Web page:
Manitoba's AFN regional chief says First Nations would need about $3.5 billion in funding over five years to effectively take over responsibility for child welfare services. Bill C-92, which comes into force on Jan. 1, did not come with statutory funding, and First Nations leaders worry the law will fail without the financial resources to accompany its implementation. Manitoba regional Chief Kevin Hart said some First Nations could end up in debt "right out of the gate" when they take over child welfare services, something he called "unacceptable and unfair." Read more about the annual AFN special chiefs assembly here.
As China eclipses North America as the biggest movie marketplace in the world, it's forcing films to change in order to access its lucrative marketplace. Take the recently released Midway, the Chinese-backed production featured a subplot where Chinese villagers sheltered an American pilot, while the director said the movie "wouldn't have happened" without China. The country's central government closely controls which movies can be seen, limiting foreign films to a quota of about 34 a year, but government-sanctioned co-productions are exempt. Read more about the impact on Canadian filmmakers and Chinese moviegoers here.
Chicago Blackhawks assistant coach Marc Crawford was put on leave while the team reviews allegations regarding his conduct with another organization. Former NHL forward Sean Avery recently told the New York Post that Crawford kicked him after he was whistled for a penalty when he played for the Los Angeles Kings during the 2006-07 season. The situation with Crawford comes after Calgary Flames coach Bill Peters resigned last week following accusations he directed racist slurs at a Nigerian-born player with one of Chicago's minor-league teams a decade ago. Read more about the allegations here.
Now here's some good news to start your Tuesday: When Pierre Gosselin retired as an RCMP sergeant after 37 years, he promised to continue a weekly ritual with a man with mental-health issues. Every Tuesday, for nearly six years, Gosselin has held hands with Matthew Brandon — who has autism, cerebral palsy and fetal alcohol spectrum disorder — and watched the Sergeant Major's Parade, a training exercise for cadets. Brandon's caregivers were nervous when Gosselin announced his retirement, but that hasn't stopped the ritual. "As long as I'm capable of being here every Tuesday," Gosselin said, "I'll be here for Matty." Read more about Gosselin's and Brandon's relationship here.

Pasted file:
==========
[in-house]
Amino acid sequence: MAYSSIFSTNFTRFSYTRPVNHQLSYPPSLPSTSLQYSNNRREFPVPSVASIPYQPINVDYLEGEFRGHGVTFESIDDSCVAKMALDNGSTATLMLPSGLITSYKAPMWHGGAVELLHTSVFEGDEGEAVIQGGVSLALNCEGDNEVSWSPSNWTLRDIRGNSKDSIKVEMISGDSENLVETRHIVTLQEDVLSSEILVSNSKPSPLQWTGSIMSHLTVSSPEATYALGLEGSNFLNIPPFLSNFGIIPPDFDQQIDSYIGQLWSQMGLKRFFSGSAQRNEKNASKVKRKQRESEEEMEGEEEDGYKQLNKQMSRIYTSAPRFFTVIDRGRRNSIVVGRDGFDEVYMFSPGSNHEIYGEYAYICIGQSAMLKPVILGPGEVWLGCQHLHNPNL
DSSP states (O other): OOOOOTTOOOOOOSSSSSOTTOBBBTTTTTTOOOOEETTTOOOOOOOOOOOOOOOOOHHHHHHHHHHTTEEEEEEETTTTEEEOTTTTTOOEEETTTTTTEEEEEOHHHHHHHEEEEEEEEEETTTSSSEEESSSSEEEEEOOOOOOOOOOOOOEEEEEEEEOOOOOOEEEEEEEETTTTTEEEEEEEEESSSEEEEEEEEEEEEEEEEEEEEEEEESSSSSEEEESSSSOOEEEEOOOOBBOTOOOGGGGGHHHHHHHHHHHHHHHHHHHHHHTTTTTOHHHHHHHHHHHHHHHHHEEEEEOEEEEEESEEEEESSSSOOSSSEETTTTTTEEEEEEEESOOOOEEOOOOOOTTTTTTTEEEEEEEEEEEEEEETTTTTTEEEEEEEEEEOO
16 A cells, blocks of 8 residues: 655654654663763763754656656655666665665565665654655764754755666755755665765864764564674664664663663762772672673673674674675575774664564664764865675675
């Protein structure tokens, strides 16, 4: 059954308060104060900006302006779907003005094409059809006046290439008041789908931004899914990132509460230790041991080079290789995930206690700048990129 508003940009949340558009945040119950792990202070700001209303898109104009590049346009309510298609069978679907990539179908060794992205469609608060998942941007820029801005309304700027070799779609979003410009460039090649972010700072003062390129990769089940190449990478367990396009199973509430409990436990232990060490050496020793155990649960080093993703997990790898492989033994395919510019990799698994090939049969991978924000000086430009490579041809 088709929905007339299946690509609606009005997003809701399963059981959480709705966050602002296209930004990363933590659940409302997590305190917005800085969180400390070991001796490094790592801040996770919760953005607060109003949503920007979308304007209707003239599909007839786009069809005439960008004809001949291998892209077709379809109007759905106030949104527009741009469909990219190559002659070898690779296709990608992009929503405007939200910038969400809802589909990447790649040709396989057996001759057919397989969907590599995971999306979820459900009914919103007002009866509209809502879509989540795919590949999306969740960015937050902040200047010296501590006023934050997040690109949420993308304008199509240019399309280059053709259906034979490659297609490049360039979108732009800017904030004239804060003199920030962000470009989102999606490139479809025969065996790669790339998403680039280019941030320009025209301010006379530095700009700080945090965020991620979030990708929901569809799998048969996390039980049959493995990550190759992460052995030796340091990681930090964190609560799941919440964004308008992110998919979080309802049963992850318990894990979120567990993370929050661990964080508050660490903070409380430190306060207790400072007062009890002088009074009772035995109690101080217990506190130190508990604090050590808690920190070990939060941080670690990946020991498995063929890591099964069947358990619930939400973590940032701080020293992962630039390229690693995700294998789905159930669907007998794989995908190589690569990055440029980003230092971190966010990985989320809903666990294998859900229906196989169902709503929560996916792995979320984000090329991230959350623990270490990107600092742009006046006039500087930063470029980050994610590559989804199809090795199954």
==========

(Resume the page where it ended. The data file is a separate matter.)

Today in history: Dec. 3
1833: Oberlin College in Ohio, the first totally co-educational college in the U.S. and the first school to advocate abolition of slavery, has its opening.
1970: The October Crisis ends when British Trade Commissioner James Cross is released by his FLQ kidnappers in Montreal. Cross was seized from his home in October, and another FLQ cell later kidnapped and killed Quebec cabinet minister Pierre Laporte on Oct. 17. The kidnappings prompted the federal government to invoke the War Measures Act. Cross's kidnappers and their families, a total of seven people, received safe conduct and transportation to Cuba.
2009: In a surprisingly undiplomatic rebuke, Prime Minister Stephen Harper is publicly chided by Chinese counterpart Wen Jiabao at a traditional Chinese welcoming ceremony at the Great Hall of the People in Beijing for taking too long to visit the country.
2014: A grand jury in New York City declines to indict a white police officer on criminal charges in the July chokehold death of Eric Garner, an unarmed black man who was stopped on suspicion of selling loose, untaxed cigarettes. It triggered protests around the country and sent thousands into New York's streets.
2015: A South African Appeals Court convicts double-amputee Olympic sprinter Oscar Pistorius of murder, overturning a lower court's conviction on the lesser charge of manslaughter for the shooting death of girlfriend Reeva Steenkamp on Valentine's Day in 2013.
2018: Canadian astronaut David Saint-Jacques blasts off in a Russian Soyuz rocket bound for the International Space Station for a six-month mission. The rocket, also carrying Anne McClain of NASA and Oleg Kononenko of the Russian space agency, successfully docks with the space station six hours later.
With files from The Canadian Press, The Associated Press and Reuters